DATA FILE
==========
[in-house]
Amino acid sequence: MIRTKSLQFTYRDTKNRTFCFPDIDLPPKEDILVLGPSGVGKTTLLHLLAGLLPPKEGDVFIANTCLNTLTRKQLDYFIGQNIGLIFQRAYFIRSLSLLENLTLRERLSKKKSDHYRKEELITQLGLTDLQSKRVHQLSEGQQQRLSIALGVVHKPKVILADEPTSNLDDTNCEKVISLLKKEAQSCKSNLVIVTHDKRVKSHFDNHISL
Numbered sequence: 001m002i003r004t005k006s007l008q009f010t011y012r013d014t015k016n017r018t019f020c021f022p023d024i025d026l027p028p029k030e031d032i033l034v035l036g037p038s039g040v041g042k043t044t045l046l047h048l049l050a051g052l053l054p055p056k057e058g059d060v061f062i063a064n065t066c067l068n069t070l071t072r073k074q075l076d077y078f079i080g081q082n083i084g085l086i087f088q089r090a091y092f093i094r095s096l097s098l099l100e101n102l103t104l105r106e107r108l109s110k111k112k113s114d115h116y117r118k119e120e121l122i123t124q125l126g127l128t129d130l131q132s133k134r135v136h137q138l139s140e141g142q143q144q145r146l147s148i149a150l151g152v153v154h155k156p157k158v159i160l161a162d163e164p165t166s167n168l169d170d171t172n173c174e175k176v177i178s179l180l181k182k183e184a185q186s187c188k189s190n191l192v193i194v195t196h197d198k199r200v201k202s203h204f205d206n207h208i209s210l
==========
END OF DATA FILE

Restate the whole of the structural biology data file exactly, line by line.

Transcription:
[in-house]
Amino acid sequence: MIRTKSLQFTYRDTKNRTFCFPDIDLPPKEDILVLGPSGVGKTTLLHLLAGLLPPKEGDVFIANTCLNTLTRKQLDYFIGQNIGLIFQRAYFIRSLSLLENLTLRERLSKKKSDHYRKEELITQLGLTDLQSKRVHQLSEGQQQRLSIALGVVHKPKVILADEPTSNLDDTNCEKVISLLKKEAQSCKSNLVIVTHDKRVKSHFDNHISL
Numbered sequence: 001m002i003r004t005k006s007l008q009f010t011y012r013d014t015k016n017r018t019f020c021f022p023d024i025d026l027p028p029k030e031d032i033l034v035l036g037p038s039g040v041g042k043t044t045l046l047h048l049l050a051g052l053l054p055p056k057e058g059d060v061f062i063a064n065t066c067l068n069t070l071t072r073k074q075l076d077y078f079i080g081q082n083i084g085l086i087f088q089r090a091y092f093i094r095s096l097s098l099l100e101n102l103t104l105r106e107r108l109s110k111k112k113s114d115h116y117r118k119e120e121l122i123t124q125l126g127l128t129d130l131q132s133k134r135v136h137q138l139s140e141g142q143q144q145r146l147s148i149a150l151g152v153v154h155k156p157k158v159i160l161a162d163e164p165t166s167n168l169d170d171t172n173c174e175k176v177i178s179l180l181k182k183e184a185q186s187c188k189s190n191l192v193i194v195t196h197d198k199r200v201k202s203h204f205d206n207h208i209s210l